President Biden slammed his predecessor’s support for police Monday in a fiery speech before the National Organization of Black Law Enforcement Executives, in a bid to use the U.S. Capitol riot to peel away some of former President Donald Trump’s support among police unions.
Mr. Biden said law enforcement officers were “subject to medieval hell” for three hours on Jan. 6, 2021, while the former president sat idly by in the White House.
“Speared, sprayed, stomped on, brutalized and lives were lost,” Mr. Biden said, recounting the angry pro-Trump mob’s attacks on police offices. “For three hours the defeated former president watched it all happen as he sat in the comfort of the dining room next to the Oval Office.”
“The police were heroes that day. Donald Trump lacked the courage to act. The brave women and men in blue all across this nation should never forget that,” Mr. Biden continued.
“You can’t be pro-insurrection and pro-cop,” he said.
Mr. Biden’s speech sets up a contrast between him and Mr. Trump, who has broadly hinted at another bid for the presidency in 2024.
In 2020, law enforcement unions overwhelmingly went for Mr. Trump, which was a major embarrassment for Mr. Biden, who for more than four decades in Washington was seen as a key ally of both unions and police.
But the fracture between Mr. Biden and police widened after the death of George Floyd, the ensuing Black Lives Matter protests, and calls from numerous Democratic lawmakers and liberal activists (albeit not Mr. Biden himself) to defund the police.
Most police unions, including those that had never previously endorsed a candidate, backed Mr. Trump in the 2020 election.
The National Organization of Black Law Enforcement Executives does make political endorsements, but some of its leaders personally praised Mr. Biden in remarks to media outlets, including The Washington Times.
Since coming into office, Mr. Biden has called for dramatic overhauls to policing and his Justice Department has ramped up investigations into local departments.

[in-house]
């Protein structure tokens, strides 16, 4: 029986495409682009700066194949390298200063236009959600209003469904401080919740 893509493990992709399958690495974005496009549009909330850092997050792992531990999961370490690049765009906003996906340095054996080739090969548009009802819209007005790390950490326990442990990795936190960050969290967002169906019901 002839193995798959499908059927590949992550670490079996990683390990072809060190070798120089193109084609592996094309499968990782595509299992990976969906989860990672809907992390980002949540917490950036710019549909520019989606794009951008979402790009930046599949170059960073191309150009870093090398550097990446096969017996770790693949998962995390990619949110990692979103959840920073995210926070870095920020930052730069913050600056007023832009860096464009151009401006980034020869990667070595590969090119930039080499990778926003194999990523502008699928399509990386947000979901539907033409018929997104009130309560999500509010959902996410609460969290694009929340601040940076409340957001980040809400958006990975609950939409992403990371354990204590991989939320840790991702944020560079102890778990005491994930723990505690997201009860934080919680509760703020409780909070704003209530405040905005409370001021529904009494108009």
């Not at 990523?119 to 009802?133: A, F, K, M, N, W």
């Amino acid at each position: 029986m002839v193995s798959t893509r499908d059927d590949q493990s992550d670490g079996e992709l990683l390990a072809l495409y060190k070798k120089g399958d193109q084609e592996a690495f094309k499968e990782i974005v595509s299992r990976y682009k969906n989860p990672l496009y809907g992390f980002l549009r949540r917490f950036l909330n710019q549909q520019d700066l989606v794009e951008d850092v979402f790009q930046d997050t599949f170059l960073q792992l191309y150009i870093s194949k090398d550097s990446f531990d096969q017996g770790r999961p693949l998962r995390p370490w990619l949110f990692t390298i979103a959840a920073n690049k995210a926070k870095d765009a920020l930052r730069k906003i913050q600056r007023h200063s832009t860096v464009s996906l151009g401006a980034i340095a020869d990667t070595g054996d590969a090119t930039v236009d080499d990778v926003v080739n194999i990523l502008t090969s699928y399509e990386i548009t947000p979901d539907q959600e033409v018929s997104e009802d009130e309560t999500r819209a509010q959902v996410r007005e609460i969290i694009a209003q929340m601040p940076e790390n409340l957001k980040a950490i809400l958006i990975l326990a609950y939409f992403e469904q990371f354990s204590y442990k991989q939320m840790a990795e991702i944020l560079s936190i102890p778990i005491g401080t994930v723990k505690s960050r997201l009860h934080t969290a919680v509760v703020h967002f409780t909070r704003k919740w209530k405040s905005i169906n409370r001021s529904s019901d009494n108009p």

He has also been criticized by police unions for failing to speak out against attacks on law enforcement and has offered little praise for officers in speeches. Some officers have complained that Mr. Biden’s silence, from fear of alienating Blacks and/or progressives in his political base, has contributed to a national anti-police climate.
Mr. Trump, meanwhile, has unabashedly voiced support for law enforcement.
However, some of those unions backed away from their endorsement. Police groups criticized Mr. Trump for not contacting the family of Officer Brian Sicknick who died of a stroke after being injured fending off Capitol rioters.
The Fraternal Order of Police, which endorsed Mr. Trump in the 2020 election, issued a statement criticizing his tepid condemnation of the Jan. 6 rioters in the aftermath of the attack.
Police unions could play pivotal roles in the upcoming election.
Harvard University researcher Michael Zoorob studied the police union support for Mr. Trump in the 2016 election and found police accounted for more than 13,000 votes in Michigan and more than 27,000 votes in Pennsylvania.
The former number was greater than Mr. Trump’s margin of victory over Democrat Hillary Clinton, and the Pennsylvania support provided comfortably more than half his margin over Mrs. Clinton in that state.
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